Spy Wednesday and a Reflection on the Sins of the Clergy

033115Wednesday of Holy Week is traditionally called “Spy Wednesday,” since it was on this day that Judas conspired with the Temple leadership to hand Jesus over. He would not accomplish his task until the evening of the next day, but this day he made the arrangements and was paid.

One way to reflect on this terrible sin is to consider that Judas was among the first priests called by Jesus. We see in the call of the Apostles the establishment of the ministerial priesthood. Jesus called these men to lead His Church and minister in His name. But one of these priests went wrong, terribly wrong, and turned against the very one he should have proclaimed.

We also see great weaknesses among the other “first priests.” Peter denied Jesus, though he later repented. All the others except John deserted Jesus at the time of His Passion. Yes, I am sad to say, only one priest, one bishop made it to the foot of the Cross. All the rest fled in fear. And so here we see the “sins of the clergy” made manifest. Christ did not call perfect men. He promised to protect His Church from officially teaching error but this does not mean that there is no sin in the Church, nor that those who are called to lead are without sin. The story of Judas shows that even among those who were called, one went terribly wrong.

In recent years there has been much focus on the sins of Catholic priests who went terribly wrong and sexually abused the young. The vast majority of priests have never done such things, but those who did so inflicted great harm.

There are other sins of the clergy that have nothing to do with sexuality but that also may have caused great harm. Maybe it was an insensitive remark. Perhaps it was a failure to respond at a critical moment such as a hospital visit. And how many of you have lamented deeply the scandal of silent pulpits, the silence of so many clergy in the face of a moral meltdown? Whatever it might be that has harmed or alienated you, please don’t give up on God or on the Church. If a priest or a Church leader has caused you grief please know that there are other priests, deacons, and lay leaders who stand ready to hear your concerns and offer healing. Let the healing begin. Ask among your Catholic family and friends for recommendations about helpful and sensitive priests or Church leaders who can listen to your concerns, address them where possible, and offer another opportunity for the Church to reach out to you with love.

On this “Spy Wednesday” pray especially for priests. We carry the treasure of our priesthood in earthen vessels; as human beings we struggle with our own issues. We have many good days, but some less-than-stellar moments, too. The vast majority of priests, though sinners, are good men who strive to do their very best. But some among us have sinned greatly and, like Judas, caused harm to the Body of Christ. Some of us may have caused harm to you. Please accept this invitation to begin anew.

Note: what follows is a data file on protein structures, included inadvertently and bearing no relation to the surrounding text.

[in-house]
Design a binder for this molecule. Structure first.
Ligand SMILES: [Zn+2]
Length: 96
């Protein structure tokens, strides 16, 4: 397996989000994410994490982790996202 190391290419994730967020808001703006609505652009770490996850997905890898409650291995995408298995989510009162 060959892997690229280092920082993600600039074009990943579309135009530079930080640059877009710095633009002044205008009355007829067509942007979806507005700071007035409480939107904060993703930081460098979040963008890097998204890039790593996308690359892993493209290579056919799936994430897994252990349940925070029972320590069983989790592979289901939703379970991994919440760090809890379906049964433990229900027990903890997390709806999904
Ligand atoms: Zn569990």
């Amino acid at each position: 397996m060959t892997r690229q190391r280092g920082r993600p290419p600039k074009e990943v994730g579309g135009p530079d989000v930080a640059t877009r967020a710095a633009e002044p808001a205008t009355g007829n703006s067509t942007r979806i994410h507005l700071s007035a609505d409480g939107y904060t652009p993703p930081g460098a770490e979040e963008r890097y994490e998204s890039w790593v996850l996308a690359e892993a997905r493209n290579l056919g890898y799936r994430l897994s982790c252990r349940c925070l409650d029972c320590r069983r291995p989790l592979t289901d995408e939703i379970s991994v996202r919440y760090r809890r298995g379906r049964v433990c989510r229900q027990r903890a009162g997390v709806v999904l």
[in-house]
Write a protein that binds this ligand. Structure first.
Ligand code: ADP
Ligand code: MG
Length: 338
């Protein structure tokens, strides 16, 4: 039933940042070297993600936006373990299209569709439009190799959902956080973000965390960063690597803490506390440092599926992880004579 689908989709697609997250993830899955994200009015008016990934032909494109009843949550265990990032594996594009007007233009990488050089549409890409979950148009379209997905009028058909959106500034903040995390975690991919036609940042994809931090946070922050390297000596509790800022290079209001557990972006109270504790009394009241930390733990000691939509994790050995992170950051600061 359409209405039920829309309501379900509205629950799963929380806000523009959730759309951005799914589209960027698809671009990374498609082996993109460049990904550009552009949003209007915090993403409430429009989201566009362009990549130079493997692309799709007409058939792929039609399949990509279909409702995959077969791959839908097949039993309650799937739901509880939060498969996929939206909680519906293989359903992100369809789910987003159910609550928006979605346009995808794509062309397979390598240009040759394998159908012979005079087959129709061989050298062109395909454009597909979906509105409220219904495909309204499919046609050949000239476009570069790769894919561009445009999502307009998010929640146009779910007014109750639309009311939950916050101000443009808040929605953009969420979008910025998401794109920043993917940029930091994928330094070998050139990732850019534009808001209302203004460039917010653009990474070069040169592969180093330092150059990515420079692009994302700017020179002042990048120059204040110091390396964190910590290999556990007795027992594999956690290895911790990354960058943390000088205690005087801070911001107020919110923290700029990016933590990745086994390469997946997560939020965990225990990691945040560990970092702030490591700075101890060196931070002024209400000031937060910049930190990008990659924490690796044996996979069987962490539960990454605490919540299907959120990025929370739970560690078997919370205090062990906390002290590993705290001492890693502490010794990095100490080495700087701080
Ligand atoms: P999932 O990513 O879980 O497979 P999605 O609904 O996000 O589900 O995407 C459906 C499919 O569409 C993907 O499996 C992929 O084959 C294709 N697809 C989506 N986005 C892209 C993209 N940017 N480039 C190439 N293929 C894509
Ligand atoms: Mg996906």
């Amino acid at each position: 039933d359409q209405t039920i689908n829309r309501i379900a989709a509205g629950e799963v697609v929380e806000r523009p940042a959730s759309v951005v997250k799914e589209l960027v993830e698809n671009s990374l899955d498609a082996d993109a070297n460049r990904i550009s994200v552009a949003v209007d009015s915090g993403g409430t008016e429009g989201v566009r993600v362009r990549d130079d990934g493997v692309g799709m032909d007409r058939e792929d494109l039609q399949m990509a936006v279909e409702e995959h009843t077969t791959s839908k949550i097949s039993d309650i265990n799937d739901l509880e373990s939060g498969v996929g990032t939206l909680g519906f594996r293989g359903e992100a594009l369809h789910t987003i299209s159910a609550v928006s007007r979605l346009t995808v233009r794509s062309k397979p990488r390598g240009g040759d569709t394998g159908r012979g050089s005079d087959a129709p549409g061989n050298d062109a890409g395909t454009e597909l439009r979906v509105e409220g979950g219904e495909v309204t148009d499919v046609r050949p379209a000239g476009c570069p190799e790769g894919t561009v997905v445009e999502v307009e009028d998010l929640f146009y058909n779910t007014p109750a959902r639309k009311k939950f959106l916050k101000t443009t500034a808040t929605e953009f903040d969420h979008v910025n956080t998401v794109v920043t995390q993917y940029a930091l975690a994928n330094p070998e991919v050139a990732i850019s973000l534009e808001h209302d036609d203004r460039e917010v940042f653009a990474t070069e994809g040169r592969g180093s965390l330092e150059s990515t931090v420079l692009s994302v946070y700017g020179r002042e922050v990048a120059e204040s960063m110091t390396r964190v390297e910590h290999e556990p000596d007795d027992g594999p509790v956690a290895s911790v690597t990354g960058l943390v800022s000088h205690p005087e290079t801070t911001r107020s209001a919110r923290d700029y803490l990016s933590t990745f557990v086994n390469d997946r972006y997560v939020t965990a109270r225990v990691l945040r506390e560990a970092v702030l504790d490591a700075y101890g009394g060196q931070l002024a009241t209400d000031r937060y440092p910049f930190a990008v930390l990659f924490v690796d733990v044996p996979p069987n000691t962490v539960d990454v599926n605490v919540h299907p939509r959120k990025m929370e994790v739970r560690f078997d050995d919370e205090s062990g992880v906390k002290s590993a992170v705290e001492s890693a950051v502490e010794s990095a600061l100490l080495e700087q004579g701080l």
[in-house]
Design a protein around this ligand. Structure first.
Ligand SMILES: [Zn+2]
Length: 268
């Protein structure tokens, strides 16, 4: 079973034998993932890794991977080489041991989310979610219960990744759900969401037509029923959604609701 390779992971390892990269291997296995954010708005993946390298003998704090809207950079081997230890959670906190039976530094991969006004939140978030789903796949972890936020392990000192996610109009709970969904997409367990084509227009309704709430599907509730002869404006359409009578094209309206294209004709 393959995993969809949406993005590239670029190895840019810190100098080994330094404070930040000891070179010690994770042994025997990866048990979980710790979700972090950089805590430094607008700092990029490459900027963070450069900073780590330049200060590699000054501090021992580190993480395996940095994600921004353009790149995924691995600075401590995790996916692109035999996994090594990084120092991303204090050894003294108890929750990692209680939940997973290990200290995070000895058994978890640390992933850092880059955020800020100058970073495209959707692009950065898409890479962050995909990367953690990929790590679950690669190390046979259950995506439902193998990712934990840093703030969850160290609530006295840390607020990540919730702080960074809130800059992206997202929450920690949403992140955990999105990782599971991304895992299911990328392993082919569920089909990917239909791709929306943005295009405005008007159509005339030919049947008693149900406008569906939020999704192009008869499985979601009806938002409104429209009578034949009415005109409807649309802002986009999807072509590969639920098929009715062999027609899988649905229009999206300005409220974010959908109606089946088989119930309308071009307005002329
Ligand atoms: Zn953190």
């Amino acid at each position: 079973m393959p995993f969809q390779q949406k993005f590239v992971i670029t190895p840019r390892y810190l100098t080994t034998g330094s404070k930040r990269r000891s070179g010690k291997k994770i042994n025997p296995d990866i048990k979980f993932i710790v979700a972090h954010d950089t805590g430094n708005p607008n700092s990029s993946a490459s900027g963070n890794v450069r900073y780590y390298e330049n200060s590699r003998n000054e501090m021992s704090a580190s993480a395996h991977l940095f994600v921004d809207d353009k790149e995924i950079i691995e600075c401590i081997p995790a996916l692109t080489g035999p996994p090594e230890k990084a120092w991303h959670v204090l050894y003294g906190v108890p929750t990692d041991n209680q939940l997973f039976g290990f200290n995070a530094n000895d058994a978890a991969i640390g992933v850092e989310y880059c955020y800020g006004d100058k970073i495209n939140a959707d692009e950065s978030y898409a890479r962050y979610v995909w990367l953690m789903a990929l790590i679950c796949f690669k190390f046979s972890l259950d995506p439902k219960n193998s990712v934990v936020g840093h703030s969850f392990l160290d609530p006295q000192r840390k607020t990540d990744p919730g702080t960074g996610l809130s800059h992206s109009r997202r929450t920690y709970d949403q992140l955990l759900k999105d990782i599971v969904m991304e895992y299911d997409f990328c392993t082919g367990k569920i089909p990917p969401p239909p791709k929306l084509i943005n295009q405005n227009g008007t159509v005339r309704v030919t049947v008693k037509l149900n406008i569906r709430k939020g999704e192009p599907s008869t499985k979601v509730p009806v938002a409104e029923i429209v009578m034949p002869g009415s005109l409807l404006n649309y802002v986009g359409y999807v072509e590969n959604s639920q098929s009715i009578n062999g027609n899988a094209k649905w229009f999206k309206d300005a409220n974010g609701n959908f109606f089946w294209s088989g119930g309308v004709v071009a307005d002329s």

If you have stayed away because of some hurt caused by any leader of the Church, strive on this “Spy Wednesday” to still seek Christ where He is found. He is among sinners and saints, in the Church He founded. The Church is perfect in her beauty as the Bride of Christ, but consists of members who are still “on the way” to holiness.

After all my verbiage, here is a music video that presents this message better than I ever could. If you have ever known someone who has been hurt, or been hurt yourself, allow this powerful video to move you.

22 Replies to “Spy Wednesday and a Reflection on the Sins of the Clergy”

  1. The opposite of love is not hatred, it is indifference and yes, I was wounded by this from a priest who did not even care. But who am I to cast the first stone, have I not been indifferent as well to my love ones whom I did not affirm for the goodness they have done to me? You see as I mature in the faith, GOD let me see the bigger picture of probably the priest was not properly indisposed or simply tired or was encountering a bigger problem or even lacking perspective at that moment, for indeed they too are mortals like me. I just muttered a prayer for my priest who after all, needed my intercession. Anyway, that came from another priest who admonished us to throw prayers around to those who might need one. Thank you, Monsignor, am having a great Holy Week with your articles. GOD Bless you. Who knows, you might need one right now, hehehe. YHWH SHEKINAH!

    1. Edna, I liked your comment very much. Maturity is something that we definitely need as our Priest says the Roman Catholic faith is not an infantile faith. You also called it right on trying to reflect on how we have behaved with others. Thank you again thank you Msgr Pope for choosing to be a Priest by responding to the call.

  2. This is true, and all priests and seminarians need to consider this very seriously…their ability to do harm is immediate. But, this is also true for any person given great responsibilities over the lives of people. The bottom line is that the choice one makes (good or bad) belongs to the one who makes that choice and to the one who sees a bad choice but then looks the other way.

    The good news is that all can become strong in virtue and wise with persistence and continual renewal in the Sacraments of the Church.

  3. Beautiful text! Very lovely video, I hope many people will whatch it and even send it to someone they love.
    Thank you Monsignor.

  4. What a formidable task, keeping the flock from scattering. Teachers, pastors priests have to be held to a higher standard, which means that there should be discernment even judgement over their teachings, when there is no discernment, when bad teachers prosper judgement will come. But this implies that parishioners should be able to judge whether a teacher speaks of God or of himself, that they should be able to see hypocrisy, how would they learn this without a good teacher? And most parishioners just want to hear smooth things anyway, and once they find a teacher that preaches smooth things they ain’t going to care about his personal life, ain’t that one of the messages of the Bible? Forgiveness? Until humans start taking their own salvation seriously, until each and every one works out their own salvation and starts seeing it for the precious gift it truly is, well He will spew us from His mouth, be a sinner or be a saint but at least choose one, you shouldn’t mock God, He will not be mocked any more, mock yourselves, human

  5. Thank-you, God Bless, and have a good and blessed happy Easter.

    This article is a reminder that we have to pray for each other, be one a priest or a lay person always.

  6. Excellent reflection.

    The deepest challenge, for the priesthood, is to put an end to the code of silence and cover-up that continues in too many quarters to this day. It is subtle (and I guess one might even say masterful) but very damaging, even evil.